It’s hard to think about offering advice on communication and presentation skills right now. On the one hand, it seems so trivial and insignificant given what’s going on in the world. On the other hand, as with any aspect of professionalism, we need it in order to keep business – and thereby, the economy overall – going. Or perhaps we need it even more, as we continue to present ideas and recommendations from a distance?!
There’s so much we don’t know at this point – including when and whether we’ll be back in conference rooms again. I have had clients whose companies are slowly returning to their office buildings tell me that, in addition to the one-way hallways, shuttered break rooms, and two-person elevator limits, there’s an indefinite moratorium on gathering in conference rooms. Wow, okay, sounds reasonable … as long as it’s temporary, right?! But it may not be temporary.
The au courant buzzwords, “new normal” and “pivot,” are not trendy for the sake of being trendy. They’re not the new “we need something disruptive” or “let’s socialize this.” They’re real, and they’re necessary. We lost our normal, and we’re not sure if or when it’s coming back, so we need to prepare for a new one. Figuring out whether our businesses or business models will suit the hypothetical or real new normal is requiring companies to at least experiment with pivoting.
So, what can a communication coach offer in this time of Corona? This month, just a couple of helpful tips about communicating and presenting effectively via the camera on your laptop or phone. Later on, I hope to be able to offer more … but for now, in-the-moment baby steps, as I’m just taking it week by week.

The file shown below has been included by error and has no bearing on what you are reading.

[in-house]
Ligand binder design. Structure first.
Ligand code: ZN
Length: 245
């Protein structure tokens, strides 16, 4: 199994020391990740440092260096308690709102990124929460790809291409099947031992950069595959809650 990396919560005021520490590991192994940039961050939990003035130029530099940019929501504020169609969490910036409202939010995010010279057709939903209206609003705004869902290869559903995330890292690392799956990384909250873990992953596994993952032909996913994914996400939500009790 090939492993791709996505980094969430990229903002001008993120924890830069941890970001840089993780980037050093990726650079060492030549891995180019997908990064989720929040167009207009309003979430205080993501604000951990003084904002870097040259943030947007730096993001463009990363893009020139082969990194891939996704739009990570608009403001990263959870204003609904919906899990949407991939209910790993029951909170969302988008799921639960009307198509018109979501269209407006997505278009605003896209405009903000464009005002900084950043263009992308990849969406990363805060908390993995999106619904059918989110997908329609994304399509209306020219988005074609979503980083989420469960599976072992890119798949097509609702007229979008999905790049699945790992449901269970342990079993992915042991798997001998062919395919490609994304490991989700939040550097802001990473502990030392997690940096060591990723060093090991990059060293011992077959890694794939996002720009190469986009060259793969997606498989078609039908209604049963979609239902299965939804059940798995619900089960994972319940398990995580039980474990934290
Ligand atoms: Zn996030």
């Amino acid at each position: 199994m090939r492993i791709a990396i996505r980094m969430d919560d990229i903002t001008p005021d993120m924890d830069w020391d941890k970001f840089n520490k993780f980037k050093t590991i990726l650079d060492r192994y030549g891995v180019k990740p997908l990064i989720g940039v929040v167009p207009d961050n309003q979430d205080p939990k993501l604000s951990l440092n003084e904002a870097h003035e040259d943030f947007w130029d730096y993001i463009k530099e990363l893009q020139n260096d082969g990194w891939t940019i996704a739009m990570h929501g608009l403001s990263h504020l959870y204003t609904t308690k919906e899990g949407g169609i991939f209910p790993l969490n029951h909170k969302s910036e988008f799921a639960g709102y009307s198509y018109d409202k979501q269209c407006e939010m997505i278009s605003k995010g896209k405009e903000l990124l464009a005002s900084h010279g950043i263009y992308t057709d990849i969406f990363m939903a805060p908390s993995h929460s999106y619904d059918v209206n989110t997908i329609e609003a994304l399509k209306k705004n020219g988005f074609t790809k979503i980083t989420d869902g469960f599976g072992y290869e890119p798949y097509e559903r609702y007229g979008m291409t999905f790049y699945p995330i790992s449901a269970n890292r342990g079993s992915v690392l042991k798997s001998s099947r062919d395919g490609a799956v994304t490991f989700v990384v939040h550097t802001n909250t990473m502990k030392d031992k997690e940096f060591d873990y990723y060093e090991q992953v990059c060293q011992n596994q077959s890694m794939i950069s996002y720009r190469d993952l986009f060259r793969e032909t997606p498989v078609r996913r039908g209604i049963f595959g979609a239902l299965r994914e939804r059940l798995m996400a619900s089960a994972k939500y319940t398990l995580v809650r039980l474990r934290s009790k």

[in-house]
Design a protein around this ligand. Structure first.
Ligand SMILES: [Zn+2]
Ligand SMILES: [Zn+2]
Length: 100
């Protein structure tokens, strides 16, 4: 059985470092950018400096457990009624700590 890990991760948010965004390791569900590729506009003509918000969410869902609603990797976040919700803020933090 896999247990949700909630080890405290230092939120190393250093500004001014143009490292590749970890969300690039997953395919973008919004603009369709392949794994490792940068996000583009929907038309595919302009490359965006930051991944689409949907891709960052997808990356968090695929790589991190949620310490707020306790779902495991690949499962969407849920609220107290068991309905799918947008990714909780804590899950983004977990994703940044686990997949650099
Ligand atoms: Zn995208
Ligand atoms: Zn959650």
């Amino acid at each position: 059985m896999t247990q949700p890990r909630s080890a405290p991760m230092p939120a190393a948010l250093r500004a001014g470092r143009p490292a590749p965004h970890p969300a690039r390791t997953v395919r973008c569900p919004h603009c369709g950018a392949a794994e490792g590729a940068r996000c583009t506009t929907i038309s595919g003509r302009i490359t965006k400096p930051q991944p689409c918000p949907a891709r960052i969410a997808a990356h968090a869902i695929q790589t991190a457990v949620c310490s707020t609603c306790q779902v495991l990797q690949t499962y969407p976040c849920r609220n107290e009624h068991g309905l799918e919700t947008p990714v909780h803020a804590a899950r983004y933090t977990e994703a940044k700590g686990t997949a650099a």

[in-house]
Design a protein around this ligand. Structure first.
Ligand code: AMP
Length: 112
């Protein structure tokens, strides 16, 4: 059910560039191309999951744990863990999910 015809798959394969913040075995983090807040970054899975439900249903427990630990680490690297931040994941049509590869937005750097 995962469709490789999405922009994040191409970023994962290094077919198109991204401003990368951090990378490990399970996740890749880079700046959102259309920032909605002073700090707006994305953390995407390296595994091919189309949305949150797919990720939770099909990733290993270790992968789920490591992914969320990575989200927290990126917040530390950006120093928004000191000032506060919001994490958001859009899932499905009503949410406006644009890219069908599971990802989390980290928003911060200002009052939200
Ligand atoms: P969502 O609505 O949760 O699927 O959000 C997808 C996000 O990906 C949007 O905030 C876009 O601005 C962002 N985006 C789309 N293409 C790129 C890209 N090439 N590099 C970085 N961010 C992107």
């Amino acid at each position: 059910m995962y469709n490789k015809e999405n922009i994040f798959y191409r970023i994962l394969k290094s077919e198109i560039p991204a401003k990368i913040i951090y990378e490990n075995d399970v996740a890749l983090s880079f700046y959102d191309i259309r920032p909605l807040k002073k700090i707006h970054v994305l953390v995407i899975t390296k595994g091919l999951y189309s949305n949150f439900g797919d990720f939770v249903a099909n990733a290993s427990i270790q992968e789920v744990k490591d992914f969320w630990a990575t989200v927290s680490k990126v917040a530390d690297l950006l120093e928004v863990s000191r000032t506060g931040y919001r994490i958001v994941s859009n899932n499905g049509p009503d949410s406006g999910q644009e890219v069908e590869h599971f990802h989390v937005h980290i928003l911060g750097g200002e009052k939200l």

To that end, here are three pointers to improve your effectiveness while communicating remotely, regardless of the platform (e.g. Zoom, WebEx, Teams, etc):
1. Setup. Let’s keep this simple. Make sure your background is tidy. Make sure you’re wearing appropriate clothing all the way down to your knees or below if you might have to stand up. And most important, make sure your phone or laptop are propped up so the camera is in line with, or just above, your eyes. Also, tilt it toward you so that it’s not capturing part of the ceiling in addition to you.
2. Lighting. Natural light only. Turn off the overhead lights; they will only cast shadows and/or odd coloring on your face. Depending on the time of day and the orientation of the natural light, you might need to adjust the blinds or move closer to the screen to be seen clearly, but natural light is far better than bulbs.
3. Eye contact. You are off the hook here, there’s no need to look around at all the faces in the room! When it’s your turn to talk, the only eye contact you need to make is with the little green light of the camera. Do not look at the people stacked in the Brady Bunch boxes on the screen … or, even worse, at yourself! Look at the little green light of the camera and talk to it as if it were your best friend in the whole world.
In many respects, presenting remotely is less daunting than standing in front of a room full of people, so embrace it. And trust me, these three simple tips can make all the difference in the impression you make!
Be safe, smart, and stay well.